- Fans got a bit restless during Alexander Volkov's dismantling of Brett Rogers, but I loved it. Volkov looked tremendous, with great hands and combinations. And I love that he described himself as shy in the post-fight interview. He's a definite talent to watch.
- As for Rogers, he came out looking very intimidating, but not long into that fight, his entire demeanor changed. You could see it in his eyes - fear, defeat. We've since learned that he broke his arm in two places blocking a kick in the opening minutes, which explains that change. But overall, it was an awful showing from Rogers, and may spell the end of his run on the national level.
- The Rogers pre-fight hype video not only acknowledged his arrest, they actually showed the mug shot. Again, not something you would ever see the UFC do, but I thought it was very cool. Why hide something everyone watching already knows?
- Not much to say about Richard Hale vs. Mike Wessel. Hale come out fast and aggressive and was absolutely dominant. Wessel had nothing from him, and said just that post-fight. Hale is another to watch out for. He also earns my appreciation for wearing a well tailored suit the rest of the night.
- Speaking of looking good, Shonie Carter was in attendance sporting a pink suite and matching pink sunglasses. Never stop being you Shonie Carter.
- I didn't expect much from Vinicius Queiroz, but he impressed me with that armbar. I thought Holata had him, and clearly, so did Holata. I still think the Brazilian is the underdog, but he showed he's dangerous here.
- Poor Holata. Post-fight he had to stand in the ring, nursing a clearly very injured arm, listening to ads for an upcoming Star Wars marathon waiting to come back from commercial so he could go get some medical treatment. That did not look like fun.
- Semi-finals in the tournament are announced at the presser as Santos vs. Hale, Volkov vs. Queiroz. If Santos is out, those may be changed. Assuming they don't get matched up in the semis (and I doubt they will), I see this as a Hale vs. Volkov final, which should be great.
- On the undercard, not too much of note. Ryan Martinez defeated Manny Lara in the tournament alternate bout, and if Santos is out, Martinez will be in. Which is a bit of a bummer because that fight was not good - 15 minutes of gassed Heavyweight action. Chase Beebe was the biggest "name" on the prelims, and he did what he does - win a technically solid but entirely uninteresting decision.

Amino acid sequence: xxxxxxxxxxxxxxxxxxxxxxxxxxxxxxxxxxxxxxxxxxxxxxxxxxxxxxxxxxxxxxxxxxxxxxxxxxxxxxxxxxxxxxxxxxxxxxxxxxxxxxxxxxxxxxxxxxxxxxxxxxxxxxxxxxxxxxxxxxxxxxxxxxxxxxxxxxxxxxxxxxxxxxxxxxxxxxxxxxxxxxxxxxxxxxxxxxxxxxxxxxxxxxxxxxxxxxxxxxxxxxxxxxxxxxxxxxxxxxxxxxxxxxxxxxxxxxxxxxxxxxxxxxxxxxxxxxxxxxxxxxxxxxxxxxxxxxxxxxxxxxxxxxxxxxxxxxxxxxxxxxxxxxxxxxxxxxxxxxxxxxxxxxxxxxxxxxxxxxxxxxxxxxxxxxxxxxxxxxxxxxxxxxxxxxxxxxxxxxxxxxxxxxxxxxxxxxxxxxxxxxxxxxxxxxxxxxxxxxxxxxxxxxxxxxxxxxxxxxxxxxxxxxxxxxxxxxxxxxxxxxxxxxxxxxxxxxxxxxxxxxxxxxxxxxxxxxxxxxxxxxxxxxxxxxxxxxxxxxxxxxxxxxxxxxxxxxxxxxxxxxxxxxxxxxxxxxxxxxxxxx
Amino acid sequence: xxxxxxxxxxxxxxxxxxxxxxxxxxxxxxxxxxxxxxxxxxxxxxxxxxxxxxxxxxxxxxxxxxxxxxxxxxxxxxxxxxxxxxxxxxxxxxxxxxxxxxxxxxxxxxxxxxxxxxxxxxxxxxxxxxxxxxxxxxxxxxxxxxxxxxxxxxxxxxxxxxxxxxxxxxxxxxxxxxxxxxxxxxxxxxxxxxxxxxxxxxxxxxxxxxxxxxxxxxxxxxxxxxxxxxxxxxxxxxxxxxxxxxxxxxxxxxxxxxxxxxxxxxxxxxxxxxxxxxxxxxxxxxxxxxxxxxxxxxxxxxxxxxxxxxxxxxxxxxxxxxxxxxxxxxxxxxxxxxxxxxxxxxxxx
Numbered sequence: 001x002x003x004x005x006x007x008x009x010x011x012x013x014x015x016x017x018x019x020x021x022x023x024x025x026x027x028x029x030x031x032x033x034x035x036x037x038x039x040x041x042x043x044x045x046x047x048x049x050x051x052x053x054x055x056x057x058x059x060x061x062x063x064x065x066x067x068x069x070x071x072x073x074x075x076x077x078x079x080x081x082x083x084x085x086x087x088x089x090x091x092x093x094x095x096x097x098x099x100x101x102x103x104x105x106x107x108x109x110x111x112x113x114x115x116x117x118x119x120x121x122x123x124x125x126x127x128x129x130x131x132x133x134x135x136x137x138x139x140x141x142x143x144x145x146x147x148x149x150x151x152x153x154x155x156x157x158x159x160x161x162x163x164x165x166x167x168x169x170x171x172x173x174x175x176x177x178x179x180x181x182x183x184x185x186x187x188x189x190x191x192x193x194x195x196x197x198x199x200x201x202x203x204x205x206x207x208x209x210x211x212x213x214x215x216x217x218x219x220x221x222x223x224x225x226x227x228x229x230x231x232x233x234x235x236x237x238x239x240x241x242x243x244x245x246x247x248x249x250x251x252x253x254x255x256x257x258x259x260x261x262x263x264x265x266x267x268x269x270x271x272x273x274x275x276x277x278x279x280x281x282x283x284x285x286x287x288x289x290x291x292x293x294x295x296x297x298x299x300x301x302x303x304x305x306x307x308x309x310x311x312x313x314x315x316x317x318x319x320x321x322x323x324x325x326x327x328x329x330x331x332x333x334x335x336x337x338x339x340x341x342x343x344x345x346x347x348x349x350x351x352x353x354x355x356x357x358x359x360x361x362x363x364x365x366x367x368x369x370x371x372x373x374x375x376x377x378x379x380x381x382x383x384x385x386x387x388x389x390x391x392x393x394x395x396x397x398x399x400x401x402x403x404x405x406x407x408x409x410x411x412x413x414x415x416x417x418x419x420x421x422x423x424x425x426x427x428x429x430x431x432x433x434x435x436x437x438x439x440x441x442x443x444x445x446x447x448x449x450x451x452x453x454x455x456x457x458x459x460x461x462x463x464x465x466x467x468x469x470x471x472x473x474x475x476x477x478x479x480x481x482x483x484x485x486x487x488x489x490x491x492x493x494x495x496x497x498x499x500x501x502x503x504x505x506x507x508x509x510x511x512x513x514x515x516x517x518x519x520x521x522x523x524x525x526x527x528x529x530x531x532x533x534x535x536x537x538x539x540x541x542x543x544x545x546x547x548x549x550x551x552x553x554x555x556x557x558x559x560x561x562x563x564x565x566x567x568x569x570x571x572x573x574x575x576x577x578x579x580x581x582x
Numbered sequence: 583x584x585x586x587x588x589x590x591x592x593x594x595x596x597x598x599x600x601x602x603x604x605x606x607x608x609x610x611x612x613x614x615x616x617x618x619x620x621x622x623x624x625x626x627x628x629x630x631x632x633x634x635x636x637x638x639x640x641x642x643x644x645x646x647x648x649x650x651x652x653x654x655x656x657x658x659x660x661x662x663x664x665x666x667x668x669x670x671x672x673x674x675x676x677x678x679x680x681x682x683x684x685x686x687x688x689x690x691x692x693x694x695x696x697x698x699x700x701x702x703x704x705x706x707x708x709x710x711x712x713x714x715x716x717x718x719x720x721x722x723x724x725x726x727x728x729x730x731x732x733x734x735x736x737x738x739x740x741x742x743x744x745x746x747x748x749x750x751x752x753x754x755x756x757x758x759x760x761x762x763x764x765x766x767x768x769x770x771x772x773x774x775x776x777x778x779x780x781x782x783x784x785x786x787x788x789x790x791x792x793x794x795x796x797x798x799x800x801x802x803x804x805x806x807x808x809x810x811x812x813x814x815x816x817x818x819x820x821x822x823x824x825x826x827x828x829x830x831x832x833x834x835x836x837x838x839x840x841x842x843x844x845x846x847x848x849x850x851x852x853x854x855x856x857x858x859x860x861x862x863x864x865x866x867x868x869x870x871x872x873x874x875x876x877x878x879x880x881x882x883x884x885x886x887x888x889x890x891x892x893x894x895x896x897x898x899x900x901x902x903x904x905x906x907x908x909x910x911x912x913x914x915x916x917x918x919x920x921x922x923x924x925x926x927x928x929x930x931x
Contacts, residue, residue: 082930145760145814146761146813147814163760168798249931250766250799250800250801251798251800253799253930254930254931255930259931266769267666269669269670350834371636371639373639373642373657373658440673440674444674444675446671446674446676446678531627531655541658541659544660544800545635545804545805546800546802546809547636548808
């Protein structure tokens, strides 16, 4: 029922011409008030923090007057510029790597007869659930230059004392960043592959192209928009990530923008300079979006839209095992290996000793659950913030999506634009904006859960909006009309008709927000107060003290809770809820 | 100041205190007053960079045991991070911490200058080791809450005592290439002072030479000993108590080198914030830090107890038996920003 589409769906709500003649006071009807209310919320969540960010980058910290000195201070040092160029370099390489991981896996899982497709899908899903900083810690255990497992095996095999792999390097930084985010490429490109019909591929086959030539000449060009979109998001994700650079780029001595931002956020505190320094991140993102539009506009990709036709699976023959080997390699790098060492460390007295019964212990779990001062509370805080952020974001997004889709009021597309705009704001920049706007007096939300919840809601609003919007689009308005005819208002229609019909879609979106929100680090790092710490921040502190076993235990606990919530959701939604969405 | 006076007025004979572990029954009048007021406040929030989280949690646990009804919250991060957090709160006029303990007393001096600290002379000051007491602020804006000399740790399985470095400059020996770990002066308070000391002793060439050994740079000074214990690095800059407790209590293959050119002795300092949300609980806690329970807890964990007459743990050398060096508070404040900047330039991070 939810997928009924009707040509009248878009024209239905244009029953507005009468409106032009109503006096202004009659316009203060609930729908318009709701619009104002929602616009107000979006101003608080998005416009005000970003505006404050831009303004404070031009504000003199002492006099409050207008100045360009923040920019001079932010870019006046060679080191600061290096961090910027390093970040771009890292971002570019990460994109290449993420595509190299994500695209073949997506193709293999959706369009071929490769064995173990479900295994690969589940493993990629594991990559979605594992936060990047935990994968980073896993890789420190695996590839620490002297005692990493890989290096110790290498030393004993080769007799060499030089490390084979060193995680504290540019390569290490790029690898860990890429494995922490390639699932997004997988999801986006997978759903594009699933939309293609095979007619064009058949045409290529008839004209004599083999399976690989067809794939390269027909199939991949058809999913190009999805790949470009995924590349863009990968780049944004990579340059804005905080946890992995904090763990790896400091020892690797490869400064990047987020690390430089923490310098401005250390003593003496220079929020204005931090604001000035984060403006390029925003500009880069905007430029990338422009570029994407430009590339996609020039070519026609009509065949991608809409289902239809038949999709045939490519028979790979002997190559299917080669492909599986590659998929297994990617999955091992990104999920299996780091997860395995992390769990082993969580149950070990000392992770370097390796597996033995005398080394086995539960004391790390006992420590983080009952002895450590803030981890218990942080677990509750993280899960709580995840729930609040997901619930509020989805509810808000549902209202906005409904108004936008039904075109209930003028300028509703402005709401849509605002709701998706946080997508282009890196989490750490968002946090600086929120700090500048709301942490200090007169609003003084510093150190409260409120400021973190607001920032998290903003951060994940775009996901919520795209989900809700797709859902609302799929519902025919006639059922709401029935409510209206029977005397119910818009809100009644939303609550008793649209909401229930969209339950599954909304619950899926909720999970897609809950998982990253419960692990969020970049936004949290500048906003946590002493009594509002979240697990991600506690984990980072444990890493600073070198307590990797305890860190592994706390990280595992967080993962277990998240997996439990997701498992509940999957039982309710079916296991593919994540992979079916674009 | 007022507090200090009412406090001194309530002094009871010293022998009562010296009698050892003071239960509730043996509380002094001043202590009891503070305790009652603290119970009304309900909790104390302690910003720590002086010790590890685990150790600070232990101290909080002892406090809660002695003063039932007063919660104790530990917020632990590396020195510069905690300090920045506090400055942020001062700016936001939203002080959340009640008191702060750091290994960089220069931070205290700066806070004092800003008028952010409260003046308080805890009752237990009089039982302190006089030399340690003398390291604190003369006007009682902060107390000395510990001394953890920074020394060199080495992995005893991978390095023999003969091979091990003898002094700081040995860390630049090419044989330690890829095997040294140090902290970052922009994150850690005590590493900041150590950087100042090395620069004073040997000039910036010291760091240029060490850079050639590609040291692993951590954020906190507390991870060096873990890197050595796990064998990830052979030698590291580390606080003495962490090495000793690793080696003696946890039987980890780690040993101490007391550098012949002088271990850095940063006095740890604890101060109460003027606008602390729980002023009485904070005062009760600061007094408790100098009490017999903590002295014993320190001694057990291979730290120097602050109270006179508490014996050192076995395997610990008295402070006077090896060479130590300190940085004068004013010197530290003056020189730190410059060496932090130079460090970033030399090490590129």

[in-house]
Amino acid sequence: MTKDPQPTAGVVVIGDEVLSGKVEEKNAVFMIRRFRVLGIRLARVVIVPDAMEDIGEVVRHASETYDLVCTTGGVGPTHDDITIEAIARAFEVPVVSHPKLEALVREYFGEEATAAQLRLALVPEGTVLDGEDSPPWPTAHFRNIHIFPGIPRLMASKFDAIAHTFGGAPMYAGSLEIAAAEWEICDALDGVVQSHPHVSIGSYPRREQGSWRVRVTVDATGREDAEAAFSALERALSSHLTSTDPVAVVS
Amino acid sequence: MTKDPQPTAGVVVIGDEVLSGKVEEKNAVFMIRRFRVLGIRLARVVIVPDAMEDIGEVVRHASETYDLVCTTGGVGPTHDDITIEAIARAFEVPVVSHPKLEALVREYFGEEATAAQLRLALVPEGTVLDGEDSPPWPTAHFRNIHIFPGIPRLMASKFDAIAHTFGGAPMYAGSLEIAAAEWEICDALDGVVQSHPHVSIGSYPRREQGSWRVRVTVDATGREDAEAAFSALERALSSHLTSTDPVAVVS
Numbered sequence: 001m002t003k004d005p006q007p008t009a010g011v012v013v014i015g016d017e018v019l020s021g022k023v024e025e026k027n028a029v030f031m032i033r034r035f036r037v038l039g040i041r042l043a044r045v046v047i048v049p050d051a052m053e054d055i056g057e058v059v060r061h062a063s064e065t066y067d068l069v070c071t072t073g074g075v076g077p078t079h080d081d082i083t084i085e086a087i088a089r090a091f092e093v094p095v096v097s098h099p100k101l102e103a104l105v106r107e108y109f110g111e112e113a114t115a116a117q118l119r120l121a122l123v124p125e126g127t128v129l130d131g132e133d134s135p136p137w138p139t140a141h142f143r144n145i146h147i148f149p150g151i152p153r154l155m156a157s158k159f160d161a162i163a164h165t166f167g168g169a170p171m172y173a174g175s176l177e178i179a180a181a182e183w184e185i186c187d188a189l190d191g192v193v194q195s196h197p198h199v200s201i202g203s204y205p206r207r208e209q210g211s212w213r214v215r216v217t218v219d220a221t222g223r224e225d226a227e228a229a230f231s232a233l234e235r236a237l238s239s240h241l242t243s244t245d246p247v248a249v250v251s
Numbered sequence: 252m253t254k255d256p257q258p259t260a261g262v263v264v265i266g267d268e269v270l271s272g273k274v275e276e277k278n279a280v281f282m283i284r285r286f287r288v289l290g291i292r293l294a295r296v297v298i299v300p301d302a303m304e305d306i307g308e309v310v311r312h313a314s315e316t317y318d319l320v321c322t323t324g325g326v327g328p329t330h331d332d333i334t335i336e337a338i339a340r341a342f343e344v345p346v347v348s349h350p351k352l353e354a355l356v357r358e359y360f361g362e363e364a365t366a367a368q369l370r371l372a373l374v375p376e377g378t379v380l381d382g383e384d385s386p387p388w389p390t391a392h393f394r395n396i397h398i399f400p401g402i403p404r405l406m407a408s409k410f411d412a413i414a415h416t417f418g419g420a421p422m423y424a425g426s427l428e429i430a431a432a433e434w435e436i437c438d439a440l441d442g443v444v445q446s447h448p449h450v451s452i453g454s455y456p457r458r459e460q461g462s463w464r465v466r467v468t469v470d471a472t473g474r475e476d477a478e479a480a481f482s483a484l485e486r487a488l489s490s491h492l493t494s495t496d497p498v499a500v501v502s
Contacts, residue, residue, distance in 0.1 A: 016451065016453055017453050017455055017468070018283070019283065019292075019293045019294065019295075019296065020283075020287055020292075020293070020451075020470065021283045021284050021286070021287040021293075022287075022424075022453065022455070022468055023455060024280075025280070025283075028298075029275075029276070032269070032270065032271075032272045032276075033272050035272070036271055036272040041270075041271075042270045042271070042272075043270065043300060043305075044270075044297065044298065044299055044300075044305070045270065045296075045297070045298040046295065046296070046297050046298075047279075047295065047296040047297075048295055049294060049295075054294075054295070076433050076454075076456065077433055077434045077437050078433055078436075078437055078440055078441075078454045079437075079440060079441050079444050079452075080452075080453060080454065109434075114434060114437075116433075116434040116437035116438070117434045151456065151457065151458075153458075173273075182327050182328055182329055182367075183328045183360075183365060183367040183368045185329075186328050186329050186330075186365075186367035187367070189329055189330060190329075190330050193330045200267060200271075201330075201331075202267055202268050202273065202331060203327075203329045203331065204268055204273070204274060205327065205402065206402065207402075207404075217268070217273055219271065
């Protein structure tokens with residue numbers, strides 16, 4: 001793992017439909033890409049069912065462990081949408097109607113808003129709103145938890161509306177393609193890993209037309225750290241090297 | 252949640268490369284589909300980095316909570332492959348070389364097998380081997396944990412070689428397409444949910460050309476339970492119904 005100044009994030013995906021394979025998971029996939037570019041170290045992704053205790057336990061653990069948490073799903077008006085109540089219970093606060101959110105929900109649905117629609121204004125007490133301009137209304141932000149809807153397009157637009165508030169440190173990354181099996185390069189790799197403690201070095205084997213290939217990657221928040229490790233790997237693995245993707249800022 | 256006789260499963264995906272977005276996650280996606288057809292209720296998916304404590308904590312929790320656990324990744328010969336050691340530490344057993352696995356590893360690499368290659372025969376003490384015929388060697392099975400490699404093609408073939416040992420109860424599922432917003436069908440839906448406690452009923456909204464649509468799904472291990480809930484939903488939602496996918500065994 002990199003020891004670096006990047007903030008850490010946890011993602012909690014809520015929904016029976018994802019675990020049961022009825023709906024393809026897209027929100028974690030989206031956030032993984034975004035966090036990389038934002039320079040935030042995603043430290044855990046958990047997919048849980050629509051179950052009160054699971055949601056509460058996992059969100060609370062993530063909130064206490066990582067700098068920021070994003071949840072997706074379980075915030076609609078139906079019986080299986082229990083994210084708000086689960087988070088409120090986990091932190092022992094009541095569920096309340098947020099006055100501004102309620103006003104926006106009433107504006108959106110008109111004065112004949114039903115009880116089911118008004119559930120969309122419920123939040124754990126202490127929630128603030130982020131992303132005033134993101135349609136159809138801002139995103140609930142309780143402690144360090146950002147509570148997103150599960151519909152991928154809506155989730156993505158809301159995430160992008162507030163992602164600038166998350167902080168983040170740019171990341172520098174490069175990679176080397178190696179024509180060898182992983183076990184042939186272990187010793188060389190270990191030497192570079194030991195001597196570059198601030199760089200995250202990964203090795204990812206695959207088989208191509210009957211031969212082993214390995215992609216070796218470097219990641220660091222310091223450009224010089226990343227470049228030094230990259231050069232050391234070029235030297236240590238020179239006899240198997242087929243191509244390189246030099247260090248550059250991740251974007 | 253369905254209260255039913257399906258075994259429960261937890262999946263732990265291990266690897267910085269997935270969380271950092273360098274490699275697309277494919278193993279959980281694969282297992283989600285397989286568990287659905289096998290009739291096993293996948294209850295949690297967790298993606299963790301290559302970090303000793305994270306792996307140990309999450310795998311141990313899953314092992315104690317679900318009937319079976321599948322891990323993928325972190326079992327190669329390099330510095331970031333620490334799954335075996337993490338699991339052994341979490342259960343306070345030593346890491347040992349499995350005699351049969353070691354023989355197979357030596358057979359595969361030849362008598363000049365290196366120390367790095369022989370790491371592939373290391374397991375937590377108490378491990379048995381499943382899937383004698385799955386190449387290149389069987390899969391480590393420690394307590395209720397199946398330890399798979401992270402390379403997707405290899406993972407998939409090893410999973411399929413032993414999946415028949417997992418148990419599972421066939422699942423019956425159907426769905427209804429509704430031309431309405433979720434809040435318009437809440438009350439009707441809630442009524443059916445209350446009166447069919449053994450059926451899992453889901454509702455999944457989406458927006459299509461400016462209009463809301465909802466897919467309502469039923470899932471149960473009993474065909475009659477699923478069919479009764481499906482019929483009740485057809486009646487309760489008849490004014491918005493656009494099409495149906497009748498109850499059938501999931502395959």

- Biggest ovation of the night, by a mile, was for undercard fighter "The Polish Punisher" Rafal Skibinski. The 3-1 fighter has a massive Polish following in Chicago, who I have seen at other local events. When he came out it became clear that a significant portion of the audience was there primarily to see him. He lost to Jason Graves, which was sad for the Polish fans.
- Finally, the prelims bonehead move of the night goes to the 8-11 Bobby Reardanz who found himself with opponent Cliff Wright Jr. on his back at one point. Reardanz took a moment to lift his head, look at the ref, smile and give him a thumbs up, at which point Wright snuck his arm under the chin and locked on the rear naked choke, getting the tapout seconds later. Bad move.
Next up for Bellator is Bellator 76 on MTV2 this weekend, with a killer main event of Eddie Alvarez vs. Patricky Pitbull in what may be Alvarez's final Bellator fight. They return to Hammond on December 14 to close out season 7 with their last ever MTV2 show. Fans in the Chicago area - check it out. It's an easy trip to Hammond, and you won't be disappointed.